To Starve Or Feed the Beast

By Leonard Fein

Published February 03, 2006, issue of February 03, 2006.
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Surely Nashat Aqtash has one of the more improbable jobs in the world: He is public relations adviser to Hamas; his job is to portray the new majority party of the Palestinians as kinder and gentler than its charter and its history have convinced most of the world it is.

Before last week’s elections, Aqtash was reportedly paid $40,000 for his advice. Perhaps it was he who saw to it that the Hamas election platform avoided his client’s most inflammatory language. But it is now, with the world suddenly paying close attention, that his work gets truly complicated. Though Aqtash himself, according to Knight Ridder, “personally believes in nonviolent tactics,” he is paid to soften the image of an organization that has sponsored some 40 suicide attacks against Israel, leaving more than 300 Israelis dead and many, many hundreds more wounded.

“Suicide bombing is a method,” he said. “It’s a way to fight back if you have no F-16s. You have to put pressure on your enemy.” Realizing that this may be too much for others to accept, Aqtash observes: “The Western media works within a culture, and if you address them based on our culture it will look different. Sometimes it looks stupid. Sometimes it looks terrorist.”

Indeed it does.

Actually, those who want to understand Hamas have a better source. There is the Hamas charter. We’ve heard much about that document these last days, since the Hamas landslide election victory.

Sight unseen, it was tempting to dismiss as overwrought those who described it as an abomination — or, in the manner of the paranoid right wing in Jewish life, as playing that old and tired tune: The whole world is against us.

But the Hamas charter, first published in 1988, is every bit as hateful as we’d been warned. It is, of course, virulently anti-Israel, calling quite explicitly for the destruction of the Jewish state. Just as Saladin finally liberated Jerusalem from the infidel Crusaders, so will today’s true believers rid Palestine, all of it, of the Jews. The charter is also, and again, explicitly, antisemitic.

Thus, there is no war anywhere, it says, that does not have our fingerprints on it. We are, it says, Nazis. And, “There is no solution to the Palestinian problem except by Jihad. The initiatives, proposals and international conferences are but a waste of time, an exercise in futility.”

So what are we now to expect?

No one can know today how Hamas will adjust to the task of governing. Will the Taliban be its model? Or Iran? Will its technocrats overcome its fanatics — or are they, too, fanatics?

It is likely that Hamas itself does not yet know the answers. Yet there is one thing of which we can be sure: The overwhelming majority of those who voted for Hamas did not vote to endorse suicide bombings, much less the Sharia law to which Hamas is committed.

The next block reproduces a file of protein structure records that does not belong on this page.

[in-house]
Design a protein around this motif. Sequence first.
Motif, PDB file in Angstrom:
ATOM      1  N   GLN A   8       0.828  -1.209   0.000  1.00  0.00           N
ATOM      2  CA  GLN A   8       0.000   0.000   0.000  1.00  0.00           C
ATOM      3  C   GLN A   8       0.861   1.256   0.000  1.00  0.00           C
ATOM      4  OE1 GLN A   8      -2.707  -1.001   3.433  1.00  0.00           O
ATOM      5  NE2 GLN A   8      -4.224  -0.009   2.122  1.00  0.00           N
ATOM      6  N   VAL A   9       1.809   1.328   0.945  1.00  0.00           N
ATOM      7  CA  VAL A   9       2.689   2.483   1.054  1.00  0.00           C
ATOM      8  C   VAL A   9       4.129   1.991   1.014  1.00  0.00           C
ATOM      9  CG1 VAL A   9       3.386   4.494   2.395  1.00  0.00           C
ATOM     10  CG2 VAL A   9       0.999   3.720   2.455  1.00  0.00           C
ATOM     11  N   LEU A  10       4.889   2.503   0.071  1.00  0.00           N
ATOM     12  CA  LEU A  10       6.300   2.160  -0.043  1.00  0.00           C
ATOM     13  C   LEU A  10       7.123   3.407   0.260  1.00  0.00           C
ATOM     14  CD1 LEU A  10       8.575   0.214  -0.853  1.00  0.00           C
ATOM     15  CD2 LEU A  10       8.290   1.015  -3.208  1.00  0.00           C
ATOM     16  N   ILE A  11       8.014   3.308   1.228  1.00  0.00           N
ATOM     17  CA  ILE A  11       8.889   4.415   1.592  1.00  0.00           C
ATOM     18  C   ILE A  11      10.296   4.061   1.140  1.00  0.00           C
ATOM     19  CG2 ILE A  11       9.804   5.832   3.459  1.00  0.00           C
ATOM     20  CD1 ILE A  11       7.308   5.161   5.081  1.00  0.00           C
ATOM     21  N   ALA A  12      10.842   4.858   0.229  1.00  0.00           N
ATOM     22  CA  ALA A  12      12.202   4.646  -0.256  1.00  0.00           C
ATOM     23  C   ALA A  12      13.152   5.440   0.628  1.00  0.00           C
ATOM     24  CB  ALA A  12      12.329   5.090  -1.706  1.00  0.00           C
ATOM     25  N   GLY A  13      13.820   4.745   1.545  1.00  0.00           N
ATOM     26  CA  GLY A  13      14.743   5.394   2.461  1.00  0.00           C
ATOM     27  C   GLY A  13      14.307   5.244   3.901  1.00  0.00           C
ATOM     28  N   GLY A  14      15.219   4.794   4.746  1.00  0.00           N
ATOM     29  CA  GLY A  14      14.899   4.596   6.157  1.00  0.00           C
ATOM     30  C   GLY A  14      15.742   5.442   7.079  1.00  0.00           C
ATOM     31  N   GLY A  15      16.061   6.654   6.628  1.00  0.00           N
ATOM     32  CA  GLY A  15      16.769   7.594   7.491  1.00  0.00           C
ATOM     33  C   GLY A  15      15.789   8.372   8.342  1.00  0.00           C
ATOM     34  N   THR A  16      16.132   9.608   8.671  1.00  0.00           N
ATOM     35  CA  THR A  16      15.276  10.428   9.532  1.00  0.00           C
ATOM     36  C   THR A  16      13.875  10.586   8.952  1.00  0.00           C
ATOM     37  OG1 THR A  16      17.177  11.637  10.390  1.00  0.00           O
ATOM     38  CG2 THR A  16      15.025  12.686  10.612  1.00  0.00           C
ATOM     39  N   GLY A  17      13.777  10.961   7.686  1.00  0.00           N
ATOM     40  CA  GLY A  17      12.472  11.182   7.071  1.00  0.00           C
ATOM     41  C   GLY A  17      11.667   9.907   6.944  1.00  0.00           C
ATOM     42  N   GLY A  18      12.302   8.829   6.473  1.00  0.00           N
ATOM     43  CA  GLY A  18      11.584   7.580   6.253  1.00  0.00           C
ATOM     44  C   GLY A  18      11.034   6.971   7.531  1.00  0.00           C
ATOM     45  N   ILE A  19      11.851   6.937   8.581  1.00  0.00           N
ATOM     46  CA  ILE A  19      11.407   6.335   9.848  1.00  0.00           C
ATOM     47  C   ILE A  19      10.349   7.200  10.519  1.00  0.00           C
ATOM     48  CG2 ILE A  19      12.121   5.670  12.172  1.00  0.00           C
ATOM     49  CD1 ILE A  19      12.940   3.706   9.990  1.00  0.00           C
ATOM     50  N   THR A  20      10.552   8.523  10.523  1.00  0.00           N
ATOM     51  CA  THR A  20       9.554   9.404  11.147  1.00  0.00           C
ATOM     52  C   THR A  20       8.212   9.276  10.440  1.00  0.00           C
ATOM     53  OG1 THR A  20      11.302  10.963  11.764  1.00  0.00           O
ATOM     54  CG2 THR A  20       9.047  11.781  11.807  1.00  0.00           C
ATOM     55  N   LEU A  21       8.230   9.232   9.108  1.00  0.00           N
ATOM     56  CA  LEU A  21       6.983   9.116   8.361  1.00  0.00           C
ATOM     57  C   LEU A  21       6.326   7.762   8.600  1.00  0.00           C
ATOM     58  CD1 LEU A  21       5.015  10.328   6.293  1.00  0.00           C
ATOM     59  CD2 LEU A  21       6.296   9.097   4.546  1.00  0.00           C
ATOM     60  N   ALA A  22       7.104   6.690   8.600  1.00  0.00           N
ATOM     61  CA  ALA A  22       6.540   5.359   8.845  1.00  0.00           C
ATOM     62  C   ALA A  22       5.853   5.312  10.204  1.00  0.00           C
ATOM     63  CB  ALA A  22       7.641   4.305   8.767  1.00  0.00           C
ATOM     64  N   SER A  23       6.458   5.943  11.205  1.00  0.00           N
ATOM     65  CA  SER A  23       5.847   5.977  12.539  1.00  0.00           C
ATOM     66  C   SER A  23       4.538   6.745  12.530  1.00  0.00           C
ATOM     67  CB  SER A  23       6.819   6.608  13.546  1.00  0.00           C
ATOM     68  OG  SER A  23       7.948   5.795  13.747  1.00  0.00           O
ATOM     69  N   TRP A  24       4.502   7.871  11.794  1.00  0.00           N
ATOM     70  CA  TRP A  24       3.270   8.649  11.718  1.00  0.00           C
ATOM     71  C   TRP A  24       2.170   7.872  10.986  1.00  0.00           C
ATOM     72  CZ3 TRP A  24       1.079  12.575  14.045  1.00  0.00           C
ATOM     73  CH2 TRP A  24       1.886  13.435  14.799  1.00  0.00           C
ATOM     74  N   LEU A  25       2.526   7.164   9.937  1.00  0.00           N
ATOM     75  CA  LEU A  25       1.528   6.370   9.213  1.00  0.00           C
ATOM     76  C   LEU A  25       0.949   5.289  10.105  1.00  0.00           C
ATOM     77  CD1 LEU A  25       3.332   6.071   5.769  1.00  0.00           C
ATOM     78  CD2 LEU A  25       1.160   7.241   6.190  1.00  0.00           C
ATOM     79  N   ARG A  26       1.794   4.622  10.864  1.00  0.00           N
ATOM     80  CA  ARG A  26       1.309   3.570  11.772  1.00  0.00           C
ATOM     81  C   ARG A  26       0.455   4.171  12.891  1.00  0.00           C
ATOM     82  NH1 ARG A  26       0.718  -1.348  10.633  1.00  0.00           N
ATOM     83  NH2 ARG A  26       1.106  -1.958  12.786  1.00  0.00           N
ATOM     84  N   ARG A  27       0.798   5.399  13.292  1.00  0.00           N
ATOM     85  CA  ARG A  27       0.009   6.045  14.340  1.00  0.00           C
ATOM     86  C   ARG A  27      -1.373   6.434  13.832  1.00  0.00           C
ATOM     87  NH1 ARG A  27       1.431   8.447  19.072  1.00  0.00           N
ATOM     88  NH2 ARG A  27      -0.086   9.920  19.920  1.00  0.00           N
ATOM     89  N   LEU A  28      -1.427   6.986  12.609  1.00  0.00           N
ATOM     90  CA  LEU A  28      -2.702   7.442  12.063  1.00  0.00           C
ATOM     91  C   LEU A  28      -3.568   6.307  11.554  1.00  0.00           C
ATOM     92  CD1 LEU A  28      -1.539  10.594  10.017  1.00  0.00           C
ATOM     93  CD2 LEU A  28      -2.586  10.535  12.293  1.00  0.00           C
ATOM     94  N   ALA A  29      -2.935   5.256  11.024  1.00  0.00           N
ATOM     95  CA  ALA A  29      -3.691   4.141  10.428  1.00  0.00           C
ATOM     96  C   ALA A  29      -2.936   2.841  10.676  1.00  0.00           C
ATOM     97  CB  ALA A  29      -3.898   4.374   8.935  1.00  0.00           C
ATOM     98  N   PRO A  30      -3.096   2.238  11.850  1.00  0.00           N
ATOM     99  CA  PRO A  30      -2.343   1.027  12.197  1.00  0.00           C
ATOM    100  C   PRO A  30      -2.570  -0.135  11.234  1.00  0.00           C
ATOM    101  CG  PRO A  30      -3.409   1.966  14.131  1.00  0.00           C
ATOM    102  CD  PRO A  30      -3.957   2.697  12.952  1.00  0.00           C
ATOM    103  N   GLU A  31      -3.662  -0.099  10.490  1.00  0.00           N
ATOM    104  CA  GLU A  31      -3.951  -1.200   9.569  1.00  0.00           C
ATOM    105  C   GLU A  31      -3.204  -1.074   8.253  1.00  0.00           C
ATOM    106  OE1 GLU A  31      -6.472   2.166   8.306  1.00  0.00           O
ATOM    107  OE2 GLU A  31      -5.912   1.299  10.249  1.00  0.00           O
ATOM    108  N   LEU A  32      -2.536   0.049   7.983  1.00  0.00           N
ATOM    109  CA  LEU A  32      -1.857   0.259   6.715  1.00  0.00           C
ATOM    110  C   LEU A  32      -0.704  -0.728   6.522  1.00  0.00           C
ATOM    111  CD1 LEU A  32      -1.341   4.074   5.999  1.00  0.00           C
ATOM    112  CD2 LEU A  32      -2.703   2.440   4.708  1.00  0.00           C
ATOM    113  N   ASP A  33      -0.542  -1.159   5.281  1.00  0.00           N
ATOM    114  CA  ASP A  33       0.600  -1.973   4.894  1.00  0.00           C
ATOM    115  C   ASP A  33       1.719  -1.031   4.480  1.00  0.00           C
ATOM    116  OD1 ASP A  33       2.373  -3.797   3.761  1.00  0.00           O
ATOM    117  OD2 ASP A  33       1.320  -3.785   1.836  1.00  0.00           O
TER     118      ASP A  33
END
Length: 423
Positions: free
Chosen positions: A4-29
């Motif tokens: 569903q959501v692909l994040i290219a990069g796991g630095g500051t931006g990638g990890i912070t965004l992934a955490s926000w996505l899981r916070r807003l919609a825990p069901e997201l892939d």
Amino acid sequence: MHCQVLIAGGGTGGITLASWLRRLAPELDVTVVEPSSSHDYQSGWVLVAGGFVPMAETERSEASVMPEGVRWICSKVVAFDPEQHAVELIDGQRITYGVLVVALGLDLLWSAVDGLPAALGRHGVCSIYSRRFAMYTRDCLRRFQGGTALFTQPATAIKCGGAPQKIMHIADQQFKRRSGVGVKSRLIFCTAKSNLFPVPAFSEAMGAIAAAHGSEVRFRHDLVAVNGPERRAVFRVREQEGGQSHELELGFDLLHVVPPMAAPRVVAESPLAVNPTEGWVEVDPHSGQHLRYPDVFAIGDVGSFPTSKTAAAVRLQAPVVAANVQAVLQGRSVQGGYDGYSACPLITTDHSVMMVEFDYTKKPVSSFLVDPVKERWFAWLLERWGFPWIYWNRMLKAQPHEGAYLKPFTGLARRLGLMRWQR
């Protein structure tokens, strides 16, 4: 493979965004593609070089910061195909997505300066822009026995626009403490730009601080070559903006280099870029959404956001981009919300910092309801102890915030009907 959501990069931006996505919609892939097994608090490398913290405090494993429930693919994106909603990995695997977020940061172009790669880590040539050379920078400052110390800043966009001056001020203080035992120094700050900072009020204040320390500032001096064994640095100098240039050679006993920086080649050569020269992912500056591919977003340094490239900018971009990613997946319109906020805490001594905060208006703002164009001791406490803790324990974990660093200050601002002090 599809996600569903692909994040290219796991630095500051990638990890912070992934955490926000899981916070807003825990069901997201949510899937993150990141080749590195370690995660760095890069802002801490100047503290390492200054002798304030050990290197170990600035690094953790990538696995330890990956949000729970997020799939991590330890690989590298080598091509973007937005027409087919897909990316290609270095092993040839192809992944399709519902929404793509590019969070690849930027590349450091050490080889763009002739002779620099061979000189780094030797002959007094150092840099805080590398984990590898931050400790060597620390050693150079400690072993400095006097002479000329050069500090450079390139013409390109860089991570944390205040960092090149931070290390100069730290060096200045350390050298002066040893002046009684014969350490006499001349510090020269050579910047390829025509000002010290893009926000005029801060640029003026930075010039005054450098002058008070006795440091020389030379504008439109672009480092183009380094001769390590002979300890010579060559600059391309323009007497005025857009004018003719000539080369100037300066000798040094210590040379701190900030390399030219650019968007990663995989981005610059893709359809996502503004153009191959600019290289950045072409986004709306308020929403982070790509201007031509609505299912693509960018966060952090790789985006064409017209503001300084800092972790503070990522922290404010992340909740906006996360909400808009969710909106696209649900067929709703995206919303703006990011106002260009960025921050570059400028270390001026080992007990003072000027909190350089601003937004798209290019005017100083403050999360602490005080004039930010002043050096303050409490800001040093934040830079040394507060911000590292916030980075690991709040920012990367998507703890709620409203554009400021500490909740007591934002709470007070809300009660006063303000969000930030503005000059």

They voted, as has been widely observed, in protest of Fatah’s corruption and ineptitude. They voted as they did out of frustration and despair, and surely their frustration and their despair is real, whosoever is blamed for it. And they voted to overcome the profound humiliation that afflicts them even more profoundly than it does other Arab peoples.

At the same time, ominously, Hamas is the fifth party of Islamic fundamentalists — after Egypt, Iran, Iraq and Lebanon — to score impressive gains in recent elections. So much for America’s grand design for the Middle East; the victory of Hamas suggests what democratization in the region is likely to mean.

Given the free choice that democracy requires — very much as we have seen in Iran — the major nations of the region are likely, if and as they choose democracy, to surge towards an anti-democratic Islamism. Like his road map, President Bush’s grand design was never more than a jigsaw puzzle, and now some of the key pieces have gone missing.

So, as Ariel Sharon insisted, and perhaps believed, Israel for now has no partner for peace negotiations. None can say how different things might have been had Sharon helped make a partner out of Mahmoud Abbas, had sought negotiations rather than preferring unilateralism. But that is not what Sharon wanted.

The unilateral withdrawal from Gaza was indeed courageous, as so many people believed. But it was, in the end, an example of foolhardy courage. As it played out in the region, it was a victory for Hamas, not for peace. And now, when there really is no partner, when the platforms of both Kadima and Labor endorse unilateralism in the absence of a realistic path to negotiation, the peace process is also comatose.

How utterly ironic: Just as all Israel’s major parties, including Likud, seemed ready at last to pursue a negotiated resolution of the conflict, Hamas comes to power, rendering their best intentions essentially irrelevant. And the quandary for the United States and the European Union is plain: to starve the beast in the hope of arousing the Palestinian street to oust it, at the risk of increasing Palestinian frustration and encouraging terrorism — or to feed the beast in the hope of encouraging development and moderation, but at the risk of appeasing its worst tendencies.

Scylla and Charybdis, take your pick.

The West’s appears to be a firm insistence that Hamas recognize Israel and abjure violence — that is, that Hamas, on the morrow of its victory, stop being Hamas. Not likely.

My own pick remains as it has been these many years: support for that dwindling band of peaceable warriors that persists in seeking a thread through the maze, in searching every tiny opening for talk, for peace. The Hamas victory renders that search unlikely, too. But, eyes wide open, not a whit less urgent.

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